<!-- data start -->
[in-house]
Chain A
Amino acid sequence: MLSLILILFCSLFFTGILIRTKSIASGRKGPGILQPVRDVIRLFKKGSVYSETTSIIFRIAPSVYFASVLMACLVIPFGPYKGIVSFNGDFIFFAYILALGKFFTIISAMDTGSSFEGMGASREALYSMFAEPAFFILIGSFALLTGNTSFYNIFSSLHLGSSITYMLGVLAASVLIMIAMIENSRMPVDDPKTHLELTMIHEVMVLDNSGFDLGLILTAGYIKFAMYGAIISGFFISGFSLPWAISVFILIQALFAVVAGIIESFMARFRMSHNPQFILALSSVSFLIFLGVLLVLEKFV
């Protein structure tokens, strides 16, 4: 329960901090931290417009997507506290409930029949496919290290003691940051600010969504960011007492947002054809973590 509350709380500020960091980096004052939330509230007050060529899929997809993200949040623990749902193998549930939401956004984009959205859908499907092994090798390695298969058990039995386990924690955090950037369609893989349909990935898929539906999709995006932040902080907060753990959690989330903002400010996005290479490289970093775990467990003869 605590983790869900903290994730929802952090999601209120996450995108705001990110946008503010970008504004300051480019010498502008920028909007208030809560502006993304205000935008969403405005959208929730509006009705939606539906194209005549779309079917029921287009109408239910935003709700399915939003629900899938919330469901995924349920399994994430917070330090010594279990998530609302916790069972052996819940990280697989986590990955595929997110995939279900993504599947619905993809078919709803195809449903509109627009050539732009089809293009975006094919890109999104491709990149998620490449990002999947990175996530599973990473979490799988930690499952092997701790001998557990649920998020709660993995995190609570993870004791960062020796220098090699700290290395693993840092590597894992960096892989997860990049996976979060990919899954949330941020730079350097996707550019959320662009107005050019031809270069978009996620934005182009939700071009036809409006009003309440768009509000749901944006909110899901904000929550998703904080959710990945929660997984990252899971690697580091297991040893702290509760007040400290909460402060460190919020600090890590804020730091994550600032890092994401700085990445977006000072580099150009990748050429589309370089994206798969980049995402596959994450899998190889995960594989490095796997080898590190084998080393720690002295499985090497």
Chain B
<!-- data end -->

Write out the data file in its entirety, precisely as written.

[in-house]
Chain A
Amino acid sequence: MLSLILILFCSLFFTGILIRTKSIASGRKGPGILQPVRDVIRLFKKGSVYSETTSIIFRIAPSVYFASVLMACLVIPFGPYKGIVSFNGDFIFFAYILALGKFFTIISAMDTGSSFEGMGASREALYSMFAEPAFFILIGSFALLTGNTSFYNIFSSLHLGSSITYMLGVLAASVLIMIAMIENSRMPVDDPKTHLELTMIHEVMVLDNSGFDLGLILTAGYIKFAMYGAIISGFFISGFSLPWAISVFILIQALFAVVAGIIESFMARFRMSHNPQFILALSSVSFLIFLGVLLVLEKFV
């Protein structure tokens, strides 16, 4: 329960901090931290417009997507506290409930029949496919290290003691940051600010969504960011007492947002054809973590 509350709380500020960091980096004052939330509230007050060529899929997809993200949040623990749902193998549930939401956004984009959205859908499907092994090798390695298969058990039995386990924690955090950037369609893989349909990935898929539906999709995006932040902080907060753990959690989330903002400010996005290479490289970093775990467990003869 605590983790869900903290994730929802952090999601209120996450995108705001990110946008503010970008504004300051480019010498502008920028909007208030809560502006993304205000935008969403405005959208929730509006009705939606539906194209005549779309079917029921287009109408239910935003709700399915939003629900899938919330469901995924349920399994994430917070330090010594279990998530609302916790069972052996819940990280697989986590990955595929997110995939279900993504599947619905993809078919709803195809449903509109627009050539732009089809293009975006094919890109999104491709990149998620490449990002999947990175996530599973990473979490799988930690499952092997701790001998557990649920998020709660993995995190609570993870004791960062020796220098090699700290290395693993840092590597894992960096892989997860990049996976979060990919899954949330941020730079350097996707550019959320662009107005050019031809270069978009996620934005182009939700071009036809409006009003309440768009509000749901944006909110899901904000929550998703904080959710990945929660997984990252899971690697580091297991040893702290509760007040400290909460402060460190919020600090890590804020730091994550600032890092994401700085990445977006000072580099150009990748050429589309370089994206798969980049995402596959994450899998190889995960594989490095796997080898590190084998080393720690002295499985090497």
Chain B